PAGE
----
I have been trying a different representation of the board with some success. I use [my_strength, enemy_strength, open_strength, production], where my_strength is strength * owner where owner is myID.
If you have two separate fields for owner and strength, the model is expected to learn the relationship between the strength and the owner to determine the appropriate move. I feel making it explicit in your training set is more efficient and easier to debug that you have the correct input and you're doing the correct transformations. For each position, I create a relative frame where the square for which the model is deciding is in the center
I also trained two separate models, one to determine if a move should take place, and another to determine what the move should be. That seems to work much better.
Since the number of training examples can be very large, creating a generator really helped me manage my training. For the validation set, I took the first N inputs off to the side and had the generator skip them so ensure the model never sees them. The N inputs span a number of games so there isn't bias in terms of validating against just the beginning moves of a game.
I've posted the gist here. For some reason though, it doesn't do as well as when I had saved down the games so I'm still trying to see if there are any bugs. The saved down training set that worked better was able to shuffle the training data, but I feel that my samples per epoch is large enough to offset that.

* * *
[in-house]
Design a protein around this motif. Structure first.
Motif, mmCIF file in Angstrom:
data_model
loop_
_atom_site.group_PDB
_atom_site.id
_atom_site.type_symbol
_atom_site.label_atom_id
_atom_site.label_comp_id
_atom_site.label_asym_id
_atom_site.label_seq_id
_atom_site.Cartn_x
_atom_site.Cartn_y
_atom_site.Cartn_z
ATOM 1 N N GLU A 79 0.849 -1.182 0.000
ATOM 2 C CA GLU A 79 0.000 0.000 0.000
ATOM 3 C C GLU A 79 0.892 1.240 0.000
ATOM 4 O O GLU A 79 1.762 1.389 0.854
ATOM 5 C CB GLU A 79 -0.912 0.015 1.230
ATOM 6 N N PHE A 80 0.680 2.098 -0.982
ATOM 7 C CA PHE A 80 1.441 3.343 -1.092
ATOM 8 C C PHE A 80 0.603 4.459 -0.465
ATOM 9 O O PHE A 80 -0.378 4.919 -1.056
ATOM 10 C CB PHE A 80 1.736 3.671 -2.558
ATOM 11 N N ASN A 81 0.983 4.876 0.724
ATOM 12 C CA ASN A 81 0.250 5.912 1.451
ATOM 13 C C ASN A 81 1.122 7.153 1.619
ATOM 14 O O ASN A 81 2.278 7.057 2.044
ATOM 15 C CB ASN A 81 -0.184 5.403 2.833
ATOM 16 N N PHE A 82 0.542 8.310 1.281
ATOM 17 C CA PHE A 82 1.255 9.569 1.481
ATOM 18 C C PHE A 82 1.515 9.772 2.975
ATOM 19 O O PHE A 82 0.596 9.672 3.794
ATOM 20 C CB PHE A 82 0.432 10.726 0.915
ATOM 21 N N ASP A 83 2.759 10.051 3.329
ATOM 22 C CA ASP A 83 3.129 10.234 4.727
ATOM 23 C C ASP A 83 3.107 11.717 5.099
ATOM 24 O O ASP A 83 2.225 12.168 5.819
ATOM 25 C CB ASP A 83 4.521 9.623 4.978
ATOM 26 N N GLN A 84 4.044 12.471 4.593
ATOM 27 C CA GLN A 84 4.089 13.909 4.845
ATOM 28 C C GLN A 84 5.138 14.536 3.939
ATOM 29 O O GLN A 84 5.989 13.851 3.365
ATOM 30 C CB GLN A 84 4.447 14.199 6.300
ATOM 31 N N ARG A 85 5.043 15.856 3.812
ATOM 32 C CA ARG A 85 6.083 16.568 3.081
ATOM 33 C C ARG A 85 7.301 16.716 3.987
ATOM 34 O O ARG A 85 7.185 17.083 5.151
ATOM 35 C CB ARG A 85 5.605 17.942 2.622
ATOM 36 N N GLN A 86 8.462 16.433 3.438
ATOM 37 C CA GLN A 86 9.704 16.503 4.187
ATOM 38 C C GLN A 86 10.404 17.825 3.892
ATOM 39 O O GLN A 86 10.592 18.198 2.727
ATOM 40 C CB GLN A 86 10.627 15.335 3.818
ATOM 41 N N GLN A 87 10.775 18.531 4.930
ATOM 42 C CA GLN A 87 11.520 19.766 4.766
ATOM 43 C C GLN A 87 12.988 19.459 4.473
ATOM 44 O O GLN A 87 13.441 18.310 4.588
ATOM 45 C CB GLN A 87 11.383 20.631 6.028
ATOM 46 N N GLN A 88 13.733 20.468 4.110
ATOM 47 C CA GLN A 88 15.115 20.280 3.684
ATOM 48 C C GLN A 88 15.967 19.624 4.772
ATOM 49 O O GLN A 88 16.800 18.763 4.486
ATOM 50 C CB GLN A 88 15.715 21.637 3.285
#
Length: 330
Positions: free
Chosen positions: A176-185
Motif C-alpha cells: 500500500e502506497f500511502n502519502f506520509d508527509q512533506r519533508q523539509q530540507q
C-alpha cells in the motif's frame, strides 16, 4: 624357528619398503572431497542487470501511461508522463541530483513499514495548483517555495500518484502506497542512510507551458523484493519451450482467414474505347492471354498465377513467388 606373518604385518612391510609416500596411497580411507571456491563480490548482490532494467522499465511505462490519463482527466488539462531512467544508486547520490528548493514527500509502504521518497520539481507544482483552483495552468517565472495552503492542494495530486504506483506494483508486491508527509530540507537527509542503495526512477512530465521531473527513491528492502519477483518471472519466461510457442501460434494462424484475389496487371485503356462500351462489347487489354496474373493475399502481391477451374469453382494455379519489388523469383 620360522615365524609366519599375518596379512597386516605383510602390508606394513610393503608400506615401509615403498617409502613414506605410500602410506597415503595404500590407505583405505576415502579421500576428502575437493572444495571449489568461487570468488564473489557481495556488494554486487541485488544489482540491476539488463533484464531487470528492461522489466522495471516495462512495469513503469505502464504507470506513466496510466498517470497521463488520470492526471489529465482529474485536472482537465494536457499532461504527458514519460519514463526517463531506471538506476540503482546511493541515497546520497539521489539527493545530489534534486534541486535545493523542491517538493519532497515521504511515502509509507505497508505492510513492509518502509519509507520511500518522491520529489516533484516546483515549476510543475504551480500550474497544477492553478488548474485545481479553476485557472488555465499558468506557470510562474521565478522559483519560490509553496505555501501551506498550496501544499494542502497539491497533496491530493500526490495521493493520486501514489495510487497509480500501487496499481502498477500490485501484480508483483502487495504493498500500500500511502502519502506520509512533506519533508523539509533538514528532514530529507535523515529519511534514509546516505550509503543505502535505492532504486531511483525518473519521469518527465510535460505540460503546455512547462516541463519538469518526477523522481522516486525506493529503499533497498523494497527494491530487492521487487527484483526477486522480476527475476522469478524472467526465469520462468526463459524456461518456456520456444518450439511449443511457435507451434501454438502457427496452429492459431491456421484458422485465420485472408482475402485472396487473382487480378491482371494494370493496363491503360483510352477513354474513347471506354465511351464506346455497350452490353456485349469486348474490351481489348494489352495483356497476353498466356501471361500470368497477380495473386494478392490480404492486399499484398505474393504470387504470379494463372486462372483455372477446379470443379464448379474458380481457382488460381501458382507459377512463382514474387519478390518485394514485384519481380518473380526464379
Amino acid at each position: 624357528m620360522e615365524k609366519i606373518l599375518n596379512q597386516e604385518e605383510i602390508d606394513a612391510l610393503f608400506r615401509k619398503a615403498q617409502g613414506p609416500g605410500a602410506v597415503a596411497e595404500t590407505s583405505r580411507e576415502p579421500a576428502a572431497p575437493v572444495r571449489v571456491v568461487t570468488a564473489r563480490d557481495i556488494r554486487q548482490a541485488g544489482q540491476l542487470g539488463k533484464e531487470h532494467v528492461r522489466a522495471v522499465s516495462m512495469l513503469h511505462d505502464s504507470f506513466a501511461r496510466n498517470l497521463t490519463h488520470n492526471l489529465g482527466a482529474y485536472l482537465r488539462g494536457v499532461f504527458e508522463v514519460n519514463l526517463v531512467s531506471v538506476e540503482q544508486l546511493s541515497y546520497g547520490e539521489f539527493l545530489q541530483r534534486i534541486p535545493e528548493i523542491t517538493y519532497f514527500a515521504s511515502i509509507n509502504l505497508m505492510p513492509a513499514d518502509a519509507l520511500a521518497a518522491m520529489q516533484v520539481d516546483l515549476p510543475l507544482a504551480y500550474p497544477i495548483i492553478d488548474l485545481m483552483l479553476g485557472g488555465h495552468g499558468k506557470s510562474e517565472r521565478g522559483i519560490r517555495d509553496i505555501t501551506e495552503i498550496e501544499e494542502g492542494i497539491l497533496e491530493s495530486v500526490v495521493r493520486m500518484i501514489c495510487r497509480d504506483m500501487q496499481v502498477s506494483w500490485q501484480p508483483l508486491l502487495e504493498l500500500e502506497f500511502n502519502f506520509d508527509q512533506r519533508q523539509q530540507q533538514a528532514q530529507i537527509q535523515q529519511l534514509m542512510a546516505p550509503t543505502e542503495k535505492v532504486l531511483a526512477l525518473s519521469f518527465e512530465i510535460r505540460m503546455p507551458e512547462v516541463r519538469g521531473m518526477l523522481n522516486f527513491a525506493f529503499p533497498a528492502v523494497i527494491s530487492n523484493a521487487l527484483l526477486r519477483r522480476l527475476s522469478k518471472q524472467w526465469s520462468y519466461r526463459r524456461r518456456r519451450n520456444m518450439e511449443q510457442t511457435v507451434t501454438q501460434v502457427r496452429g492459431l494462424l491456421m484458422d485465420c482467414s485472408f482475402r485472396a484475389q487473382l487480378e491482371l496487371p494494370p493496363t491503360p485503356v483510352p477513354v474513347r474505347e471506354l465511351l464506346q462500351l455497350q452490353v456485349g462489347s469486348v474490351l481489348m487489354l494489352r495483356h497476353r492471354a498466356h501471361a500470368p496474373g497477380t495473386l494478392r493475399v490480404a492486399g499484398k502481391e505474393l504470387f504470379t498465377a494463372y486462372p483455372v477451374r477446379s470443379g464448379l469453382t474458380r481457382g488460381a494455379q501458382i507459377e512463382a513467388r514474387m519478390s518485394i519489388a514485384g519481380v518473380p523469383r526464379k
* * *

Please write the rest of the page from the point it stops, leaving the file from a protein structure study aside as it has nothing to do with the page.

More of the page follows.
I was able to create a bot that uses a model to determine if a move should occur and another to determine what the move should be. It has some weird behavior but performs very well in the beginning. But it begins acting very strange towards the end as the bot is commanding more squares. I think its due to the fact that the training set is essentially the same (own all the squares to the left and right of the square being evaluated). Then it is unable to make the move. Still not sure how to handle that but I was thinking about either expanding the visible distance, pooling or having a special case for those circumstances where the square just heads to the closest exit.